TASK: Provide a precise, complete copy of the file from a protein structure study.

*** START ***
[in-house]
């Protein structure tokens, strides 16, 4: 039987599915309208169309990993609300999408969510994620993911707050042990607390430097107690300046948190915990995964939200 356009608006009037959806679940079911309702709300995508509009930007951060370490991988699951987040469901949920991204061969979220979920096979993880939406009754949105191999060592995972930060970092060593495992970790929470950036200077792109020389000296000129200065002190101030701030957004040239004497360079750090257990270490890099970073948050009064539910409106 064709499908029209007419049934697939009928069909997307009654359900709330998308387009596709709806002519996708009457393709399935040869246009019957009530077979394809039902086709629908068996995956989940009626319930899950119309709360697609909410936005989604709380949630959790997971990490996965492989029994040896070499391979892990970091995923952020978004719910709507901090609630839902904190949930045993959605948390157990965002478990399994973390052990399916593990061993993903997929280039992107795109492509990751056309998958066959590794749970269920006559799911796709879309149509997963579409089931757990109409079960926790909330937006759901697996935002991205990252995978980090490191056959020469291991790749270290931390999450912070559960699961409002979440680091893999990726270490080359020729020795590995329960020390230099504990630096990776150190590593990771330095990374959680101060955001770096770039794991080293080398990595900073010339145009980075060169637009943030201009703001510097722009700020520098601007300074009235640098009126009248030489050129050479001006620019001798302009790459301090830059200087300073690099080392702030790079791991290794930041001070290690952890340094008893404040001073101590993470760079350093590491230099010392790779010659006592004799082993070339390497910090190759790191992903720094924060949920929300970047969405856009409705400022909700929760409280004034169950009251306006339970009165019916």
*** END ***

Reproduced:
[in-house]
């Protein structure tokens, strides 16, 4: 039987599915309208169309990993609300999408969510994620993911707050042990607390430097107690300046948190915990995964939200 356009608006009037959806679940079911309702709300995508509009930007951060370490991988699951987040469901949920991204061969979220979920096979993880939406009754949105191999060592995972930060970092060593495992970790929470950036200077792109020389000296000129200065002190101030701030957004040239004497360079750090257990270490890099970073948050009064539910409106 064709499908029209007419049934697939009928069909997307009654359900709330998308387009596709709806002519996708009457393709399935040869246009019957009530077979394809039902086709629908068996995956989940009626319930899950119309709360697609909410936005989604709380949630959790997971990490996965492989029994040896070499391979892990970091995923952020978004719910709507901090609630839902904190949930045993959605948390157990965002478990399994973390052990399916593990061993993903997929280039992107795109492509990751056309998958066959590794749970269920006559799911796709879309149509997963579409089931757990109409079960926790909330937006759901697996935002991205990252995978980090490191056959020469291991790749270290931390999450912070559960699961409002979440680091893999990726270490080359020729020795590995329960020390230099504990630096990776150190590593990771330095990374959680101060955001770096770039794991080293080398990595900073010339145009980075060169637009943030201009703001510097722009700020520098601007300074009235640098009126009248030489050129050479001006620019001798302009790459301090830059200087300073690099080392702030790079791991290794930041001070290690952890340094008893404040001073101590993470760079350093590491230099010392790779010659006592004799082993070339390497910090190759790191992903720094924060949920929300970047969405856009409705400022909700929760409280004034169950009251306006339970009165019916």